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What is ‘this’ in JavaScript?

By Craig Buckler

JavaScript is a great programming language. That would have been a controversial statement a few years ago, but developers have rediscovered its beauty and elegance. If you dislike JavaScript, it’s probably because:

  • You’ve encountered browser API differences or problems — which isn’t really JavaScript’s fault.
  • You’re comparing it to a class-based language such as C++, C# or Java — and JavaScript doesn’t behave in the way you expect.

One of the most confusing concepts is the ‘this’ keyword. In most languages, ‘this’ is a reference to the current object instantiated by the class. In JavaScript, ‘this’ normally refers to the object which ‘owns’ the method, but it depends on how a function is called.

Global Scope

If there’s no current object, ‘this’ refers to the global object. In a web browser, that’s ‘window’ — the top-level object which represents the document, location, history and a few other useful properties and methods.

window.WhoAmI = "I'm the window object";
alert(this.WhoAmI); // I'm the window object
alert(window === this); // true

Calling a Function

‘this’ remains the global object if you’re calling a function:

window.WhoAmI = "I'm the window object";

function TestThis() {
	alert(this.WhoAmI); // I'm the window object
	alert(window === this); // true


Calling Object Methods

When calling an object constructor or any of its methods, ‘this’ refers to the instance of the object — much like any class-based language:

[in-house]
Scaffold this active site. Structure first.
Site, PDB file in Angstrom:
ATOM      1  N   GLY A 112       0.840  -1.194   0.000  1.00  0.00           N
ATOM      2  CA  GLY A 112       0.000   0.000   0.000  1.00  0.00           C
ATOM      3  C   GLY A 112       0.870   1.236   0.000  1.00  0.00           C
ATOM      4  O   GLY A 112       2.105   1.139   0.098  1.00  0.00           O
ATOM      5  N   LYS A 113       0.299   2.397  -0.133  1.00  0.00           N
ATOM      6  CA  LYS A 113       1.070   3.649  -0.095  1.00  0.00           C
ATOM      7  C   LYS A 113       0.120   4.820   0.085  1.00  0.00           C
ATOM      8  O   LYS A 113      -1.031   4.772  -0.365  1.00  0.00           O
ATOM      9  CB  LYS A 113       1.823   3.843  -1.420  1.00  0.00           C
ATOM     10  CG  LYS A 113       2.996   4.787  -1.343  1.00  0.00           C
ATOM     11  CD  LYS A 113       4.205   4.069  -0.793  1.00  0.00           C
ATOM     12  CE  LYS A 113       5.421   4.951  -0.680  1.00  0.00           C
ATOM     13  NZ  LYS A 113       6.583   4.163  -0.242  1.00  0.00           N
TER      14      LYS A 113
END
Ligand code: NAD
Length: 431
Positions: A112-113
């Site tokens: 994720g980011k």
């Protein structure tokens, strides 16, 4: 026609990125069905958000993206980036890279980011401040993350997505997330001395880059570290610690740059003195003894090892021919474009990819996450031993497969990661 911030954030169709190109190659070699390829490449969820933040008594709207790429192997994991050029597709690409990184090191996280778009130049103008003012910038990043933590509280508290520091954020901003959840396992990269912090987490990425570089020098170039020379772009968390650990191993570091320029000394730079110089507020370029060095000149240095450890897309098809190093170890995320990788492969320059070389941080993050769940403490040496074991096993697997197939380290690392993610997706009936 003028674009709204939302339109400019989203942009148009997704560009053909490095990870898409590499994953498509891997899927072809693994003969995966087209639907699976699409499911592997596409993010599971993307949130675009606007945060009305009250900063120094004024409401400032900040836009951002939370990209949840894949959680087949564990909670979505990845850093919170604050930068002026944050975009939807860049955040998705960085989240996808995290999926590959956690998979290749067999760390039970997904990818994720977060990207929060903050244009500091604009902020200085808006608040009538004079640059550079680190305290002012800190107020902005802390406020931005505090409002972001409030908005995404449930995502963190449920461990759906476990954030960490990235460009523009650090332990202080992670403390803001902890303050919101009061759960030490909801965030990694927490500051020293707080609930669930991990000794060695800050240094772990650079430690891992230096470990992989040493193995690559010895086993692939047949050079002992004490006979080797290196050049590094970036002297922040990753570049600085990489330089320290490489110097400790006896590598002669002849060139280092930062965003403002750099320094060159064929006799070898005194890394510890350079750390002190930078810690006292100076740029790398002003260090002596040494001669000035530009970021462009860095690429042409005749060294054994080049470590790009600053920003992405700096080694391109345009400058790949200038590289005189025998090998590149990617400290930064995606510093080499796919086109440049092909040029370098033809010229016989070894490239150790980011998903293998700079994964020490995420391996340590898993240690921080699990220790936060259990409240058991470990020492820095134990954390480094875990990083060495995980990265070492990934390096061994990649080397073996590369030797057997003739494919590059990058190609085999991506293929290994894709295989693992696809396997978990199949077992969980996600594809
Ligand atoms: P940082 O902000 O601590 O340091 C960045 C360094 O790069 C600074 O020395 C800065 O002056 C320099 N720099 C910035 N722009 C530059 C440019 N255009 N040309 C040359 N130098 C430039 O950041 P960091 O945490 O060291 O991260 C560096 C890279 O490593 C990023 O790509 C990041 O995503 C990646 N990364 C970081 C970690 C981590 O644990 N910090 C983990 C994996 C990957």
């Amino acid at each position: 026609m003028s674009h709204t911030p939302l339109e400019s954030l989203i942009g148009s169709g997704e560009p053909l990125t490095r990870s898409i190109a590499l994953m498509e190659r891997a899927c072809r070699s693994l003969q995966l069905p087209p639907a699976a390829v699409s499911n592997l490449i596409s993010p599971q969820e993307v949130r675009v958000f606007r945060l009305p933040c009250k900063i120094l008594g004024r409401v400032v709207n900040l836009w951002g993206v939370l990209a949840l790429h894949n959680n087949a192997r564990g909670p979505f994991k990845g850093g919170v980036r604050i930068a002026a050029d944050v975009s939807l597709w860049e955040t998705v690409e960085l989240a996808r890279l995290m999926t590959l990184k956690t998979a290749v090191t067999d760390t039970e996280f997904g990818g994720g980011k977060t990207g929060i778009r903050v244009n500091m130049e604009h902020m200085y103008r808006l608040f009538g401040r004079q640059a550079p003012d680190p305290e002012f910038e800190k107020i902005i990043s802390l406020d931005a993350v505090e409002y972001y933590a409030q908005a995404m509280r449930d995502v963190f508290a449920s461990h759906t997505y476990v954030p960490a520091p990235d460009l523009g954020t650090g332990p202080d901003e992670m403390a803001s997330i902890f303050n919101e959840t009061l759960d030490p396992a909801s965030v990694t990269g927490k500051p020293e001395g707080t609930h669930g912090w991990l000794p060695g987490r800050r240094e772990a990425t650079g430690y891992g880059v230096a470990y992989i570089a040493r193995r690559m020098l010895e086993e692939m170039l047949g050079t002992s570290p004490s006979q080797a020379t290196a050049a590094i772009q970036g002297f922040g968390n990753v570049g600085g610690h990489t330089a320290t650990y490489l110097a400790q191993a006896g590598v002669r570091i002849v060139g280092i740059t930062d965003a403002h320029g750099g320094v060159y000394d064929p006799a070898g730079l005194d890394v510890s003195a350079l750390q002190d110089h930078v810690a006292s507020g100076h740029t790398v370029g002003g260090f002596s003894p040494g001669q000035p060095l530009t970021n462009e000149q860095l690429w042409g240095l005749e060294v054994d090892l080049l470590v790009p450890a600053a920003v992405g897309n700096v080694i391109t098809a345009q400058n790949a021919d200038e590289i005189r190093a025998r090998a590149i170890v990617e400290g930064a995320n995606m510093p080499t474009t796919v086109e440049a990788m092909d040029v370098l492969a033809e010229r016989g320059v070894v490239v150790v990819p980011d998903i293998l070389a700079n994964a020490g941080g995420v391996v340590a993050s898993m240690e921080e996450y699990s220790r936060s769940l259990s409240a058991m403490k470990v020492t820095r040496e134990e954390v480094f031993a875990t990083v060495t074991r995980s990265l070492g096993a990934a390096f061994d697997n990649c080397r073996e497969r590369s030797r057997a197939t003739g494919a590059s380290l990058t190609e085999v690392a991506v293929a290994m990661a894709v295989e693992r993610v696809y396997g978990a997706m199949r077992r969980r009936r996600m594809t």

window.WhoAmI = "I'm the window object";

function Test() {

	this.WhoAmI = "I'm the Test object";

	this.Check1 = function() {
		alert(this.WhoAmI); // I'm the Test object


Test.prototype.Check2 = function() {
	alert(this.WhoAmI); // I'm the Test object

var t = new Test();

Using Call or Apply

In essence, call and apply run JavaScript functions as if they were methods of another object. A simple example demonstrates it further:

function SetType(type) {
	this.WhoAmI = "I'm the "+type+" object";

var newObject = {};, "newObject");
alert(newObject.WhoAmI); // I'm the newObject object

var new2 = {};
SetType.apply(new2, ["new2"]);
alert(new2.WhoAmI); // I'm the new2 object

The only difference is that ‘call’ expects a discrete number of parameters while ‘apply’ can be passed an array of parameters.

That’s ‘this’ in a nutshell! However, there are several gotchas which may catch you out. We’ll discuss those in my next post…

Craig is a freelance UK web consultant who built his first page for IE2.0 in 1995. Since that time he's been advocating standards, accessibility, and best-practice HTML5 techniques. He's created enterprise specifications, websites and online applications for companies and organisations including the UK Parliament, the European Parliament, the Department of Energy & Climate Change, Microsoft, and more. He's written more than 1,000 articles for SitePoint and you can find him @craigbuckler.

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